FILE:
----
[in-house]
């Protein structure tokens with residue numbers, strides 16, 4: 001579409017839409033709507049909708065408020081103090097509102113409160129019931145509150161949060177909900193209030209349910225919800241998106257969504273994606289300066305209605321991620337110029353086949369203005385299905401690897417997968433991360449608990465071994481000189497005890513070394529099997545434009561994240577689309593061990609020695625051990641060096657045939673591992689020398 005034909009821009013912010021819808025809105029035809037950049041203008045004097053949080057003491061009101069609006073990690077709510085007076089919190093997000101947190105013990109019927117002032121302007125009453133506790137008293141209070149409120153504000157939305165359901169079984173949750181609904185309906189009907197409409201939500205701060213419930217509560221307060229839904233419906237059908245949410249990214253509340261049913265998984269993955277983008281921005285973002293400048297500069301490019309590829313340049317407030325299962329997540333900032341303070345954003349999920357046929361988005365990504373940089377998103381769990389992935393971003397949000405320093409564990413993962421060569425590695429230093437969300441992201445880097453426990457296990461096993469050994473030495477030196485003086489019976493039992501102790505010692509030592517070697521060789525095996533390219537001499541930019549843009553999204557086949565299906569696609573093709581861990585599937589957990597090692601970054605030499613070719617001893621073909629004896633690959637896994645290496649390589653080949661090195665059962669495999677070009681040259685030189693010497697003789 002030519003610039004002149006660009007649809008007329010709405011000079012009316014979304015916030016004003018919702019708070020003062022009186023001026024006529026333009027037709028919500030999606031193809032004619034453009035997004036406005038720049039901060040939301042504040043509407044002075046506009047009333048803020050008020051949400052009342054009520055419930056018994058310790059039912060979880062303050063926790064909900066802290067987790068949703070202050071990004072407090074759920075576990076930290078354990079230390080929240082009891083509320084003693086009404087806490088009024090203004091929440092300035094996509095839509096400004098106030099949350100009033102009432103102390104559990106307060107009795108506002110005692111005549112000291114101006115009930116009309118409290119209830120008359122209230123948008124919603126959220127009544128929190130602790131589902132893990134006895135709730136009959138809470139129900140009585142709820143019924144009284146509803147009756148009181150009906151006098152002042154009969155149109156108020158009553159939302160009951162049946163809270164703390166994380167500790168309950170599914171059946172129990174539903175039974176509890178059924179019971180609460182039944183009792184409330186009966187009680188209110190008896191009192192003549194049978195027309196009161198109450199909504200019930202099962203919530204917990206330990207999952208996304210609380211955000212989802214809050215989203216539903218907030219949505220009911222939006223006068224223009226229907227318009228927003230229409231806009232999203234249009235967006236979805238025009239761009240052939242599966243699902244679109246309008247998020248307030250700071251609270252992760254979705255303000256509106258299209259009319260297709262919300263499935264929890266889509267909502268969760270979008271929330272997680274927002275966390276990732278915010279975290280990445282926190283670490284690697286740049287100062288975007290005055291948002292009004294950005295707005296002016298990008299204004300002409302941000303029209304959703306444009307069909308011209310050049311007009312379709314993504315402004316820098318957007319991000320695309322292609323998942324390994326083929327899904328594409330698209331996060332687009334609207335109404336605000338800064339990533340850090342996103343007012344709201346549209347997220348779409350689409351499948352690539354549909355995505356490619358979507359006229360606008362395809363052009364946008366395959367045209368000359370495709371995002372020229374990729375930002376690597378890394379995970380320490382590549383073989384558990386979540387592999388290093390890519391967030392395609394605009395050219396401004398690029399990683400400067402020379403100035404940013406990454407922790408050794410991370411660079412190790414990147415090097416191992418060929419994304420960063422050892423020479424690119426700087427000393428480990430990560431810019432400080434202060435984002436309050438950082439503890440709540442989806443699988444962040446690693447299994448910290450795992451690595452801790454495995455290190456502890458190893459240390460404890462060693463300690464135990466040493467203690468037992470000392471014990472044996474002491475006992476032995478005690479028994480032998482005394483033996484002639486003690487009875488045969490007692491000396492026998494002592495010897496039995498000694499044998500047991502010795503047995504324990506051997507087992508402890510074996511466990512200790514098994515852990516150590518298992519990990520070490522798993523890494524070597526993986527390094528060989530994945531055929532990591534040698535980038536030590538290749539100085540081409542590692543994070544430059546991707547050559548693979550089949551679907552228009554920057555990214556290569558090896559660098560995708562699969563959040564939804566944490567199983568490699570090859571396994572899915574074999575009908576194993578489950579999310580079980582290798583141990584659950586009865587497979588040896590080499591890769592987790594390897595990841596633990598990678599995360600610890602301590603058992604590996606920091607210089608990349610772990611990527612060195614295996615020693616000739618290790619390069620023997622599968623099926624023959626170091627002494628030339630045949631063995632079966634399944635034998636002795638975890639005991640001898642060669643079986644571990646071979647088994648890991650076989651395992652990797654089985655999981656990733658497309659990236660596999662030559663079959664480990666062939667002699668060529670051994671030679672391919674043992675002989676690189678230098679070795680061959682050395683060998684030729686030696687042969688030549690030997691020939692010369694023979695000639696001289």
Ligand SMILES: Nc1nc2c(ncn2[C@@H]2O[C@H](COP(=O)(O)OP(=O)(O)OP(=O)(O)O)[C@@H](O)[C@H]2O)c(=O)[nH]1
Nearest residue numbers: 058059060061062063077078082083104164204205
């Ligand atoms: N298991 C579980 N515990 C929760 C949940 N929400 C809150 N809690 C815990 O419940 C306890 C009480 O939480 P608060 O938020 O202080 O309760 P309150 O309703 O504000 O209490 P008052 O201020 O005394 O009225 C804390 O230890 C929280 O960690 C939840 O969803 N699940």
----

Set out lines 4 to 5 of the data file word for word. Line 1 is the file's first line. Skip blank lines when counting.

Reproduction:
Nearest residue numbers: 058059060061062063077078082083104164204205
């Ligand atoms: N298991 C579980 N515990 C929760 C949940 N929400 C809150 N809690 C815990 O419940 C306890 C009480 O939480 P608060 O938020 O202080 O309760 P309150 O309703 O504000 O209490 P008052 O201020 O005394 O009225 C804390 O230890 C929280 O960690 C939840 O969803 N699940």